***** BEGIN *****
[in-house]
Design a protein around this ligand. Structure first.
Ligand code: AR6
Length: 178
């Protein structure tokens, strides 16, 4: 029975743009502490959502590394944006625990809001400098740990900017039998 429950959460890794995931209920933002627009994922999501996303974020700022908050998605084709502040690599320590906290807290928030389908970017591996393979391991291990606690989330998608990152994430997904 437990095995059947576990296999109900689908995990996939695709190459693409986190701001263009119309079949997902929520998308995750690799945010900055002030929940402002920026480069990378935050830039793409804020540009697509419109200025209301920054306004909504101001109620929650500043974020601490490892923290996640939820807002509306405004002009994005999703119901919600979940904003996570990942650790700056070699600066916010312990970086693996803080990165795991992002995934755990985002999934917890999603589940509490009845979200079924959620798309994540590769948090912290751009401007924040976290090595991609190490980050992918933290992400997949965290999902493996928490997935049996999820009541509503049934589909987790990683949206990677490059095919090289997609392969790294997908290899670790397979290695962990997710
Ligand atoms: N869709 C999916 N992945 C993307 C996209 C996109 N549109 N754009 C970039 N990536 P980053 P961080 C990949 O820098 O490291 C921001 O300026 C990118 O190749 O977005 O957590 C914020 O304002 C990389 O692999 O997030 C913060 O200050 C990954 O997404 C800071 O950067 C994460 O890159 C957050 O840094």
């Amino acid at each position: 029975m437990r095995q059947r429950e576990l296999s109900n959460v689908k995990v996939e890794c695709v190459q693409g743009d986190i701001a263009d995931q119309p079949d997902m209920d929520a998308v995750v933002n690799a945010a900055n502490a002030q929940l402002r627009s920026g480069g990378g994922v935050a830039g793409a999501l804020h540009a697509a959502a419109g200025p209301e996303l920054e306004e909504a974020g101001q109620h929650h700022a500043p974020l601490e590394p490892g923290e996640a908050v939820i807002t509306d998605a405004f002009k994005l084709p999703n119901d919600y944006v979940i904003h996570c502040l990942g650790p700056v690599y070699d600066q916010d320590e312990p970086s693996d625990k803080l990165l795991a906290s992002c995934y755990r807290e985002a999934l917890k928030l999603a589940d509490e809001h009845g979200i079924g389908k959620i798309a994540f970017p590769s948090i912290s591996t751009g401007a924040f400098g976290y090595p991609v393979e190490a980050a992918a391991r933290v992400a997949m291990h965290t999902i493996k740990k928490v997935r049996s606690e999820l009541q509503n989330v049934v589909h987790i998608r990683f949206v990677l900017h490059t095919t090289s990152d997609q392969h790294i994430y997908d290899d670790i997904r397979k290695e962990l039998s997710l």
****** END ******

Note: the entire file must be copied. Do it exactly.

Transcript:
[in-house]
Design a protein around this ligand. Structure first.
Ligand code: AR6
Length: 178
């Protein structure tokens, strides 16, 4: 029975743009502490959502590394944006625990809001400098740990900017039998 429950959460890794995931209920933002627009994922999501996303974020700022908050998605084709502040690599320590906290807290928030389908970017591996393979391991291990606690989330998608990152994430997904 437990095995059947576990296999109900689908995990996939695709190459693409986190701001263009119309079949997902929520998308995750690799945010900055002030929940402002920026480069990378935050830039793409804020540009697509419109200025209301920054306004909504101001109620929650500043974020601490490892923290996640939820807002509306405004002009994005999703119901919600979940904003996570990942650790700056070699600066916010312990970086693996803080990165795991992002995934755990985002999934917890999603589940509490009845979200079924959620798309994540590769948090912290751009401007924040976290090595991609190490980050992918933290992400997949965290999902493996928490997935049996999820009541509503049934589909987790990683949206990677490059095919090289997609392969790294997908290899670790397979290695962990997710
Ligand atoms: N869709 C999916 N992945 C993307 C996209 C996109 N549109 N754009 C970039 N990536 P980053 P961080 C990949 O820098 O490291 C921001 O300026 C990118 O190749 O977005 O957590 C914020 O304002 C990389 O692999 O997030 C913060 O200050 C990954 O997404 C800071 O950067 C994460 O890159 C957050 O840094």
């Amino acid at each position: 029975m437990r095995q059947r429950e576990l296999s109900n959460v689908k995990v996939e890794c695709v190459q693409g743009d986190i701001a263009d995931q119309p079949d997902m209920d929520a998308v995750v933002n690799a945010a900055n502490a002030q929940l402002r627009s920026g480069g990378g994922v935050a830039g793409a999501l804020h540009a697509a959502a419109g200025p209301e996303l920054e306004e909504a974020g101001q109620h929650h700022a500043p974020l601490e590394p490892g923290e996640a908050v939820i807002t509306d998605a405004f002009k994005l084709p999703n119901d919600y944006v979940i904003h996570c502040l990942g650790p700056v690599y070699d600066q916010d320590e312990p970086s693996d625990k803080l990165l795991a906290s992002c995934y755990r807290e985002a999934l917890k928030l999603a589940d509490e809001h009845g979200i079924g389908k959620i798309a994540f970017p590769s948090i912290s591996t751009g401007a924040f400098g976290y090595p991609v393979e190490a980050a992918a391991r933290v992400a997949m291990h965290t999902i493996k740990k928490v997935r049996s606690e999820l009541q509503n989330v049934v589909h987790i998608r990683f949206v990677l900017h490059t095919t090289s990152d997609q392969h790294i994430y997908d290899d670790i997904r397979k290695e962990l039998s997710l």